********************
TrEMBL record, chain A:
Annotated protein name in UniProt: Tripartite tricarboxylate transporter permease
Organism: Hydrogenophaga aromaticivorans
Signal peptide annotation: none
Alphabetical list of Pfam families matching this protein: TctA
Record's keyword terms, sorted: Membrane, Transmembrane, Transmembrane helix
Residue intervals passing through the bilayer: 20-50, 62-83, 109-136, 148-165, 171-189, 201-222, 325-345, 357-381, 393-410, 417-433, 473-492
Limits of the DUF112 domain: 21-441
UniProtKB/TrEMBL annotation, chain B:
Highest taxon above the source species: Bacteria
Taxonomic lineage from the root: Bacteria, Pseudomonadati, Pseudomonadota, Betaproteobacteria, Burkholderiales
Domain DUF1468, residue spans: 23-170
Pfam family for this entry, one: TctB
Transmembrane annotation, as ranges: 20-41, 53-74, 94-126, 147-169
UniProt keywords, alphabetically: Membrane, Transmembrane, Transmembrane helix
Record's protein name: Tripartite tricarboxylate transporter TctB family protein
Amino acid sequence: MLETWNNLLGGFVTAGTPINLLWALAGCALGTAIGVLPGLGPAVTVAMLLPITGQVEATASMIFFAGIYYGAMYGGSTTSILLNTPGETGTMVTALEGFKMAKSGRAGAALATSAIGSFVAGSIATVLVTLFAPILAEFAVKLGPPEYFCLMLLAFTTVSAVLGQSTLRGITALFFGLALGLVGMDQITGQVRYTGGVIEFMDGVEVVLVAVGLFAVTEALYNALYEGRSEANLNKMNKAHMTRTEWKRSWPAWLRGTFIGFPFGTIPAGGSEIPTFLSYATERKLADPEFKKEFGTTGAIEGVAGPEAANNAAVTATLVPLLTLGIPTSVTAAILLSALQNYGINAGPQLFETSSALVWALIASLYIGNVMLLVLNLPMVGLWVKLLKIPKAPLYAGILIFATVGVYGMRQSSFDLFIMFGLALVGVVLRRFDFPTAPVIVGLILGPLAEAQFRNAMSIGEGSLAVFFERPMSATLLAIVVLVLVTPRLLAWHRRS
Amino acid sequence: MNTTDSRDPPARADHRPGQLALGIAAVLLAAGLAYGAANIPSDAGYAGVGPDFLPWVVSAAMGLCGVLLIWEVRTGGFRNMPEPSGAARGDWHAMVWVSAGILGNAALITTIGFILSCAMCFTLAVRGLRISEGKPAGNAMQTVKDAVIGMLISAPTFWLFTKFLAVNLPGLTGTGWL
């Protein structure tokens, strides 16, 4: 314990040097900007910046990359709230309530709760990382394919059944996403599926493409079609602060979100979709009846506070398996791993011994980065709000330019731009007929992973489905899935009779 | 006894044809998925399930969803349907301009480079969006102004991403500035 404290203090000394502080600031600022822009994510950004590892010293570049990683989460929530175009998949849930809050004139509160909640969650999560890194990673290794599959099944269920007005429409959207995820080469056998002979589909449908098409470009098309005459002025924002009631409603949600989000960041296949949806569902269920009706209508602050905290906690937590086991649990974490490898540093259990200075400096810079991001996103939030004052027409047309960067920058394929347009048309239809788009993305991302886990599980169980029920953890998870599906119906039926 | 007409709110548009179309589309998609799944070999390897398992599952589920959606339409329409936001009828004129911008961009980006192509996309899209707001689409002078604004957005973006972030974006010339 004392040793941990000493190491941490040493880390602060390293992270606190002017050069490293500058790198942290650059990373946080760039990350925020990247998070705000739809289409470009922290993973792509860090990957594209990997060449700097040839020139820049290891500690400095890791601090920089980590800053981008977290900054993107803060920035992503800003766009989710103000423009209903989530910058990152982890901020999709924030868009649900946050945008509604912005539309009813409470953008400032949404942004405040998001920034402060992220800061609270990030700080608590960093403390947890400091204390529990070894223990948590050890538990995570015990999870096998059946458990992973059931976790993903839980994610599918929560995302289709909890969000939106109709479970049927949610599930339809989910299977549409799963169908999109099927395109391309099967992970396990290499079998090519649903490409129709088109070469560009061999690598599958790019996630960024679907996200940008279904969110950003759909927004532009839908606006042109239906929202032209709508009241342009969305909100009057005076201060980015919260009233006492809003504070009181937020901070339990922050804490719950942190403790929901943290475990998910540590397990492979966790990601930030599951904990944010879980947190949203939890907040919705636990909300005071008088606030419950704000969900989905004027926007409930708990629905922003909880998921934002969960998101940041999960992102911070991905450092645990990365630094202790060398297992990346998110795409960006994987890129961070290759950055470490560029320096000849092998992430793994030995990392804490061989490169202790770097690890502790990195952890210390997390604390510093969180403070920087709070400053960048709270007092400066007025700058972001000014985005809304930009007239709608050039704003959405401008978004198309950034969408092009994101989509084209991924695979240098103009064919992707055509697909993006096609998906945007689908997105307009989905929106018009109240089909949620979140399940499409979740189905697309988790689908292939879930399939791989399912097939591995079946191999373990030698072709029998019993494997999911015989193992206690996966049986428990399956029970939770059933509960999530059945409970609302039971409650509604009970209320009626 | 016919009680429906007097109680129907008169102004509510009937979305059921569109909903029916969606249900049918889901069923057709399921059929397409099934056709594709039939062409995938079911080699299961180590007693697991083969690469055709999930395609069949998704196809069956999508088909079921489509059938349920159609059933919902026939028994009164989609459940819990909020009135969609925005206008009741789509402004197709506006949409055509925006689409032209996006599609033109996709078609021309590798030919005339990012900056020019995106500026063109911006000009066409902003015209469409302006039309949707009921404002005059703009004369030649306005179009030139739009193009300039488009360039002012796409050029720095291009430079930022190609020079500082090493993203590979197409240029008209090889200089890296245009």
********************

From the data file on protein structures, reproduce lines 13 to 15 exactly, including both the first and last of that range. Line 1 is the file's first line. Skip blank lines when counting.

Pfam family for this entry, one: TctB
Transmembrane annotation, as ranges: 20-41, 53-74, 94-126, 147-169
UniProt keywords, alphabetically: Membrane, Transmembrane, Transmembrane helix